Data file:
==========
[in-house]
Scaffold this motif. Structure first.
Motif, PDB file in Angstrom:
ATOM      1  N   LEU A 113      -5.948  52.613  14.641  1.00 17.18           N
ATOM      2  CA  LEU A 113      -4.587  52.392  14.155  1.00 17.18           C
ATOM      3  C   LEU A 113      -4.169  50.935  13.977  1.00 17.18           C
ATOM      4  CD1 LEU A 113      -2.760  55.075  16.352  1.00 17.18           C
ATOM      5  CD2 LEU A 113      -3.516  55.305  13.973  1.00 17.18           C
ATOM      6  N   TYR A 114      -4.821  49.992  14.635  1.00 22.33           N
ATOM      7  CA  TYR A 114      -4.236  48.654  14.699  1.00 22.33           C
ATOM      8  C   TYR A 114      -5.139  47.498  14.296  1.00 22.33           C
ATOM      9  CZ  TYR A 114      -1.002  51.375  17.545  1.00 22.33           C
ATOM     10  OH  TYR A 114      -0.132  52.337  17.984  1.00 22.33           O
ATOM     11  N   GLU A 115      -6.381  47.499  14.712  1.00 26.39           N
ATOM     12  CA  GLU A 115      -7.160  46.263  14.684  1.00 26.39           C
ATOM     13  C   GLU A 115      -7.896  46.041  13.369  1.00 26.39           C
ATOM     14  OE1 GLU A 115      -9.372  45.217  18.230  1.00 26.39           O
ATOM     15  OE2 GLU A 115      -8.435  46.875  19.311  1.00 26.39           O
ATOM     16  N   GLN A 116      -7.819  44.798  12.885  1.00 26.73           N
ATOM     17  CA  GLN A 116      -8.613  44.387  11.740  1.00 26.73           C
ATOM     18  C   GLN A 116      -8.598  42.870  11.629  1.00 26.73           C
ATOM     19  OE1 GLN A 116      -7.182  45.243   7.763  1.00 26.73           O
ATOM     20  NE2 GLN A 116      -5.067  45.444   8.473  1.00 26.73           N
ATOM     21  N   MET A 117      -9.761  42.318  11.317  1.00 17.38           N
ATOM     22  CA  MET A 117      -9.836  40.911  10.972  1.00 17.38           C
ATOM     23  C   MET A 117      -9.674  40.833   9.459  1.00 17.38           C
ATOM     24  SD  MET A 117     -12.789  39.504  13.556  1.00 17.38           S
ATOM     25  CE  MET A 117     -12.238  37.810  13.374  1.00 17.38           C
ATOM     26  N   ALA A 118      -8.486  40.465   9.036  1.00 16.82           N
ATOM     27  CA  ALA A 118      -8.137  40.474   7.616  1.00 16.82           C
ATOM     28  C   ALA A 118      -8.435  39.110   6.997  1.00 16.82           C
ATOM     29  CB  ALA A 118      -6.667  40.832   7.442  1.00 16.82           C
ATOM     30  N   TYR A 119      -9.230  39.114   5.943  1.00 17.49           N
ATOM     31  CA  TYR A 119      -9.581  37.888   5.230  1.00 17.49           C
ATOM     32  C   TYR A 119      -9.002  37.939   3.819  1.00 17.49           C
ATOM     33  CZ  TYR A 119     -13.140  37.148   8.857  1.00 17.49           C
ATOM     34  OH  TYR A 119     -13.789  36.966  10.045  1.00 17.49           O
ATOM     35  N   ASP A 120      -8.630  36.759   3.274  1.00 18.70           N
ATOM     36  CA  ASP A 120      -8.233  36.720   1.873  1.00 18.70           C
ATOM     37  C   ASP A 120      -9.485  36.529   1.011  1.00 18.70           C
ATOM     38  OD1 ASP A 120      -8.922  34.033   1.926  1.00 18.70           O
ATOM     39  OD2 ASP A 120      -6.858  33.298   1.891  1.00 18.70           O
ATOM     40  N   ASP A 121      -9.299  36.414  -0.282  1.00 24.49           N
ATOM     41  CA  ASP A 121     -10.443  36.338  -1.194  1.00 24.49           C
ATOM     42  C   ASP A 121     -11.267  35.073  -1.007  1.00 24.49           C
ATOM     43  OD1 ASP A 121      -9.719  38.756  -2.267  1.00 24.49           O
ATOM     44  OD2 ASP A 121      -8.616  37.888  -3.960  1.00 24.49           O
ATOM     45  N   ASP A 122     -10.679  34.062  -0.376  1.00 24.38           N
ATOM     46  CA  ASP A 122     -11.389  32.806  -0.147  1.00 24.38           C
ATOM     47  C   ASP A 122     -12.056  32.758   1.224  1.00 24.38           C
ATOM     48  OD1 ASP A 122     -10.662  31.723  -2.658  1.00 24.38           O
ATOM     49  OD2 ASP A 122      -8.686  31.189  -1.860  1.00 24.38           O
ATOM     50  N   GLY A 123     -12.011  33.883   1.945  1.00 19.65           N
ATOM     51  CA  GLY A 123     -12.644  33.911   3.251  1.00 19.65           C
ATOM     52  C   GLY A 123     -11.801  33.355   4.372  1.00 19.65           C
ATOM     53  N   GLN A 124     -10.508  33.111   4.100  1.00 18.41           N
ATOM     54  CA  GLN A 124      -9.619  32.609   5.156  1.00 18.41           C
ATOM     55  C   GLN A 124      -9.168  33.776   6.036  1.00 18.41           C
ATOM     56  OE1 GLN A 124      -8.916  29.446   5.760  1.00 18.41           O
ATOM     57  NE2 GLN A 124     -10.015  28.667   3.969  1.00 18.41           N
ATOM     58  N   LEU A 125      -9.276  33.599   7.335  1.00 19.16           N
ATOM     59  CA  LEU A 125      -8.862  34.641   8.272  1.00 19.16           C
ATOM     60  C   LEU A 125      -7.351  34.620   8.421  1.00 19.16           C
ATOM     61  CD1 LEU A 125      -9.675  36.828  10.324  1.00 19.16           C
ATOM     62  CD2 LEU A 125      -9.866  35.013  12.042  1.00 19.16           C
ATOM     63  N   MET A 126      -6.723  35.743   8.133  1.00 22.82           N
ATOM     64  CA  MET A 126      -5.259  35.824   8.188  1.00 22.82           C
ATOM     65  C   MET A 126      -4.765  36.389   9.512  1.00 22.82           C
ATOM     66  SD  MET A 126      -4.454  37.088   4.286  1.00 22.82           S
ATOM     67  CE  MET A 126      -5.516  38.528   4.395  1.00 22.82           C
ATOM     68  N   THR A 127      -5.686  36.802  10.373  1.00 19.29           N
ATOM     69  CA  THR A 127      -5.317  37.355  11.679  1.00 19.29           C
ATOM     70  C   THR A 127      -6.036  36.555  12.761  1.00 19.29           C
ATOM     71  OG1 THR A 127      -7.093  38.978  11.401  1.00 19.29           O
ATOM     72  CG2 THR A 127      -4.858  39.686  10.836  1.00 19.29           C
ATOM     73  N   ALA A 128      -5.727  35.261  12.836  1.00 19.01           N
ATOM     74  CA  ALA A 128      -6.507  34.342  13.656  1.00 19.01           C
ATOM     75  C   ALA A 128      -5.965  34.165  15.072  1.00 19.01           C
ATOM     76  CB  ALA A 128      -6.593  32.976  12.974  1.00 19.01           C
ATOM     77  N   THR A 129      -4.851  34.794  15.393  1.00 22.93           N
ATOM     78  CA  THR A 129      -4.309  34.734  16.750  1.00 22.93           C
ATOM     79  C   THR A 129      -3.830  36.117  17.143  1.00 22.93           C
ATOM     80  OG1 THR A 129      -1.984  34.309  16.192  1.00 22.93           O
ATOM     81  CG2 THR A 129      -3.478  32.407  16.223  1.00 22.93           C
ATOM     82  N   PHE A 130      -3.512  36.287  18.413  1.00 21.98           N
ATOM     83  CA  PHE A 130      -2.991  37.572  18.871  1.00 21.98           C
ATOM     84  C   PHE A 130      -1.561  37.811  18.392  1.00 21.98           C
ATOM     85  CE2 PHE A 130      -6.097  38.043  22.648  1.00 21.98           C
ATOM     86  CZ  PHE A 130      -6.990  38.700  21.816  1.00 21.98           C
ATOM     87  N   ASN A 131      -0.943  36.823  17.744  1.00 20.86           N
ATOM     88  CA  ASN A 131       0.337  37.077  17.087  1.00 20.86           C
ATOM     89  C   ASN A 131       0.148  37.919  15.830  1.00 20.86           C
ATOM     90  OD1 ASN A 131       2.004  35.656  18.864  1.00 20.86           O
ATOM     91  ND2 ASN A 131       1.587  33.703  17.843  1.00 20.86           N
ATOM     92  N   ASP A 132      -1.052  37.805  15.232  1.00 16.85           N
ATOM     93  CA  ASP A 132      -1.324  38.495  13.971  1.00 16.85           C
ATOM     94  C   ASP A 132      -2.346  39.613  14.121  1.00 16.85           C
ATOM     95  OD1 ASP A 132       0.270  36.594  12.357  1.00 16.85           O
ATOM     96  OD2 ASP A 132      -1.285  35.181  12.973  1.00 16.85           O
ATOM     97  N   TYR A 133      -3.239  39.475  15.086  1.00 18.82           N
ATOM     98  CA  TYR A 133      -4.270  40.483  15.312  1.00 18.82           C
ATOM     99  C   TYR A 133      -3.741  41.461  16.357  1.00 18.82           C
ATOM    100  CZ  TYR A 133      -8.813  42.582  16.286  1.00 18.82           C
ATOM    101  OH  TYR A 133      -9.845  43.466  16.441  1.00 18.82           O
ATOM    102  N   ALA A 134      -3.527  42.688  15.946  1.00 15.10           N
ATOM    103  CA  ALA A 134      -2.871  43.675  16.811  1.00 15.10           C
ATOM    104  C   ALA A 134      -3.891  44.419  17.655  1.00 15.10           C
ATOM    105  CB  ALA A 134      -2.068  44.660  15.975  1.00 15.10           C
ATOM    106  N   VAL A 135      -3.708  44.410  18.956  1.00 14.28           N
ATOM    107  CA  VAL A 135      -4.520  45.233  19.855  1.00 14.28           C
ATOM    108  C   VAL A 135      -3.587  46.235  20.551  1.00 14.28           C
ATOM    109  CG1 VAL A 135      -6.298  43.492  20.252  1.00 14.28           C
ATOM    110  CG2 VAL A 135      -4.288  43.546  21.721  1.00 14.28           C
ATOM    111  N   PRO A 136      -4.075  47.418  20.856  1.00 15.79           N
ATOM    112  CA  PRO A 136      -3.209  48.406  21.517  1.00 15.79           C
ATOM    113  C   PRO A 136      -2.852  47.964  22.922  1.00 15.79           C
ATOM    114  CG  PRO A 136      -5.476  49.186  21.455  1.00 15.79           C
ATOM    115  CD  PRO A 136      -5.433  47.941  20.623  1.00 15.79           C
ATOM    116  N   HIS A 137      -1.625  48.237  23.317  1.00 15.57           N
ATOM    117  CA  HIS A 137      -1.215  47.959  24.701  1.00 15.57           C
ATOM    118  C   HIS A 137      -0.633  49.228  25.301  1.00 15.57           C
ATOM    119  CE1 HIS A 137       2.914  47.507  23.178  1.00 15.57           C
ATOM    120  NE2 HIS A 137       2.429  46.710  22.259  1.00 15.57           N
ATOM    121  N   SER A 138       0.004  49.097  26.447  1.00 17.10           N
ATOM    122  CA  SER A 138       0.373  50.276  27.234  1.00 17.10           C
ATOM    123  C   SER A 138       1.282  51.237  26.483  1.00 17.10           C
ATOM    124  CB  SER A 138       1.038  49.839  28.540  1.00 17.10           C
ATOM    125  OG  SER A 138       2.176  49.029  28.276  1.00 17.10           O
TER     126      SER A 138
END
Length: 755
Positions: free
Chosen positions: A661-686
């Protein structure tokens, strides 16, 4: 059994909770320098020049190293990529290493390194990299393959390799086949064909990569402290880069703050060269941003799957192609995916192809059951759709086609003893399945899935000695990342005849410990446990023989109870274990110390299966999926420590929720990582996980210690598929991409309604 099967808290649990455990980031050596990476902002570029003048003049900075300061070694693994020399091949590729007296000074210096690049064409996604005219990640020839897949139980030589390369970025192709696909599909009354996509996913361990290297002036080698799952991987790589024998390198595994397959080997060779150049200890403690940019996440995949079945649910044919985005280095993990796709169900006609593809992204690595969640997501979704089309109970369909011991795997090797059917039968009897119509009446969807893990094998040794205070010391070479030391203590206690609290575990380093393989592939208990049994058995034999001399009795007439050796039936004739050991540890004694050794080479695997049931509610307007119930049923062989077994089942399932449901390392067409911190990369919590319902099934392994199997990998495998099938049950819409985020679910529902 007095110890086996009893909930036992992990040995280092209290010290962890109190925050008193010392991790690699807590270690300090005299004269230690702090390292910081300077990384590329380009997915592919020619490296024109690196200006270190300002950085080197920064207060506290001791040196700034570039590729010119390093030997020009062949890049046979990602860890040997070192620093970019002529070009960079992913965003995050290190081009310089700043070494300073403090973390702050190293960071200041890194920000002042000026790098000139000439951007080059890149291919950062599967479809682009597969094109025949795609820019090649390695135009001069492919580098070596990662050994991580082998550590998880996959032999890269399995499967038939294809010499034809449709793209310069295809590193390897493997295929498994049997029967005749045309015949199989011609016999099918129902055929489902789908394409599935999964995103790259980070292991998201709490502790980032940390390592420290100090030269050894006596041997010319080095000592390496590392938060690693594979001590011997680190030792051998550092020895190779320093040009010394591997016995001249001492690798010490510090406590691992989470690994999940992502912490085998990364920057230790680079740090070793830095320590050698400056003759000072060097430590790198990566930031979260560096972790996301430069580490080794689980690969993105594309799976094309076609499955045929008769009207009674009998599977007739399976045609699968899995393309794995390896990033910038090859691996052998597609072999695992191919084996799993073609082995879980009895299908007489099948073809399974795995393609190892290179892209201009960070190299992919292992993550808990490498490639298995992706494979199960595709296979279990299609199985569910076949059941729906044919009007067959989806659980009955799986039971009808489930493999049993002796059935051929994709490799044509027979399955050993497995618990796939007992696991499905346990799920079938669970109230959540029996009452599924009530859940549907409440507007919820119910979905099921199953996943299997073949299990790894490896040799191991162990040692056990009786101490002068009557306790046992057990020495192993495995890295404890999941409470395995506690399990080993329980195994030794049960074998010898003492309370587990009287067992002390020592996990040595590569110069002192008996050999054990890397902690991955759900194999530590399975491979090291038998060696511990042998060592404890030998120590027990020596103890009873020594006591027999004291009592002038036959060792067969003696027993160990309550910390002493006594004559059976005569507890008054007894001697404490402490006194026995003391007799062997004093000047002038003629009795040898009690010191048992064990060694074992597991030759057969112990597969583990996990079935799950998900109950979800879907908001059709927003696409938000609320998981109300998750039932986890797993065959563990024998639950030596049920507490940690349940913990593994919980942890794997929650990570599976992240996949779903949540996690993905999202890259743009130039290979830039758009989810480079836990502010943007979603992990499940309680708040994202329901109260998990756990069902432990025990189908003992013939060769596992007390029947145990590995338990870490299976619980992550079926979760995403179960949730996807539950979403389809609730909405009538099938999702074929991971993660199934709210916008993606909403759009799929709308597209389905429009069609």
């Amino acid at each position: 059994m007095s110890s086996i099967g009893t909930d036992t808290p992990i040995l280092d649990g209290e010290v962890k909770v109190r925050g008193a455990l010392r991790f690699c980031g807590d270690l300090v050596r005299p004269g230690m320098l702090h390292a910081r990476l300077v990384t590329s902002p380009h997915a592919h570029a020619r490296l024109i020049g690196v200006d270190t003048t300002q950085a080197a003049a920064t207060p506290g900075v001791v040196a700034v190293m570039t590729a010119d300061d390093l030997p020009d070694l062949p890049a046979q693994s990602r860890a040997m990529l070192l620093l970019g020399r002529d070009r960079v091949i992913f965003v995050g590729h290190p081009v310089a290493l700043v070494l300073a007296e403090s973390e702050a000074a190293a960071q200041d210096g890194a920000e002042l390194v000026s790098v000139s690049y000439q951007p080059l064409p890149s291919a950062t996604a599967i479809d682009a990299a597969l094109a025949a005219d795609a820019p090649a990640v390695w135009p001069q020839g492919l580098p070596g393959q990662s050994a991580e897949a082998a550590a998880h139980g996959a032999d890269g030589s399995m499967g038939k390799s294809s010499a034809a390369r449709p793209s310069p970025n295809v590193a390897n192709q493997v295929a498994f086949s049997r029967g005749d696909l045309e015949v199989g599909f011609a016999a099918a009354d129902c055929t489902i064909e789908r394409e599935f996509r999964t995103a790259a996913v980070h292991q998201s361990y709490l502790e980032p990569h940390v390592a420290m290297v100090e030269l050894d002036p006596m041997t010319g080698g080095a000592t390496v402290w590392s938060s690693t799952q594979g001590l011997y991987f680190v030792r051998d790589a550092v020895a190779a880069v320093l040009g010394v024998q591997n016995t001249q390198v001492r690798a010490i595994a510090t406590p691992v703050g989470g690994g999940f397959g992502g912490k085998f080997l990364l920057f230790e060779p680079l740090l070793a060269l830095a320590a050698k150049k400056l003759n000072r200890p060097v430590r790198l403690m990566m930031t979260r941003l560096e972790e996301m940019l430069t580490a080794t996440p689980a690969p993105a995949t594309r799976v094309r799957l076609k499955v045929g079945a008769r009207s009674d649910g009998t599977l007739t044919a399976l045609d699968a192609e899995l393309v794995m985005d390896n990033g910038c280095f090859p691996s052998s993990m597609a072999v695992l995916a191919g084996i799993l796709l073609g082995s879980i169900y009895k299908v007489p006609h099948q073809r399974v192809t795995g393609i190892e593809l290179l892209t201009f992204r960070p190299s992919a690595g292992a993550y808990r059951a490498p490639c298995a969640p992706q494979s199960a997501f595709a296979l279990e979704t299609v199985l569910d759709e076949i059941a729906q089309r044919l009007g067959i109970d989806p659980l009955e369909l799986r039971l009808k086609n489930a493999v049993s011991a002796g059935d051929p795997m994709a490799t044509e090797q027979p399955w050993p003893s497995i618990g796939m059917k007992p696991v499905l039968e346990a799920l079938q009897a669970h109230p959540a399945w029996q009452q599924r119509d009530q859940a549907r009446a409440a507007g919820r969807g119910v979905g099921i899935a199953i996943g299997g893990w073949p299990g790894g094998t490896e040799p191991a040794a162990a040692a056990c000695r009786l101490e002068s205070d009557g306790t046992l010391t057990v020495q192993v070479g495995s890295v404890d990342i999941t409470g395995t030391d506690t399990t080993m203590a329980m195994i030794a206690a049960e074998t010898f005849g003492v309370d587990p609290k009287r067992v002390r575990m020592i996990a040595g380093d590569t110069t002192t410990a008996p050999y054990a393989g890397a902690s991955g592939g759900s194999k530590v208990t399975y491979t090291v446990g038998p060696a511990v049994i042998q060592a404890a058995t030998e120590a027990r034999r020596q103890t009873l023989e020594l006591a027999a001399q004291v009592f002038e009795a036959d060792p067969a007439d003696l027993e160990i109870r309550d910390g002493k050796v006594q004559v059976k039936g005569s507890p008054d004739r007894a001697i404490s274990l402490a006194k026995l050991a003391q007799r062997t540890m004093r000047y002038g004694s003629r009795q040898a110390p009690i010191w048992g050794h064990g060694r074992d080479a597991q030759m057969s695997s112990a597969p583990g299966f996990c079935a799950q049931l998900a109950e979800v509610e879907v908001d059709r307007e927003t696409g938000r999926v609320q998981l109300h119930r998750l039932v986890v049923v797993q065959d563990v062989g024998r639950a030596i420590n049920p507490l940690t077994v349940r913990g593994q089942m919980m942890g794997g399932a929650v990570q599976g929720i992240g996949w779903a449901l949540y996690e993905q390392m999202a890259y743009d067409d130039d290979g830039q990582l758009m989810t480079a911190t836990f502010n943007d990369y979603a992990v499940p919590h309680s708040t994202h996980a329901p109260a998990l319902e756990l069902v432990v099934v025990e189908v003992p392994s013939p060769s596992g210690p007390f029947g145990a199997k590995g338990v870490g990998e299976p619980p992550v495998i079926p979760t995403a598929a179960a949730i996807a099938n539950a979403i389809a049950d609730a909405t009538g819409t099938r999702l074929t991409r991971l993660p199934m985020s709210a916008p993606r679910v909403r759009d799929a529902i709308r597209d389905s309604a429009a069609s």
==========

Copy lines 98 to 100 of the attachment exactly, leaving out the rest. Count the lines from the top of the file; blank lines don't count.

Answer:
ATOM     95  OD1 ASP A 132       0.270  36.594  12.357  1.00 16.85           O
ATOM     96  OD2 ASP A 132      -1.285  35.181  12.973  1.00 16.85           O
ATOM     97  N   TYR A 133      -3.239  39.475  15.086  1.00 18.82           N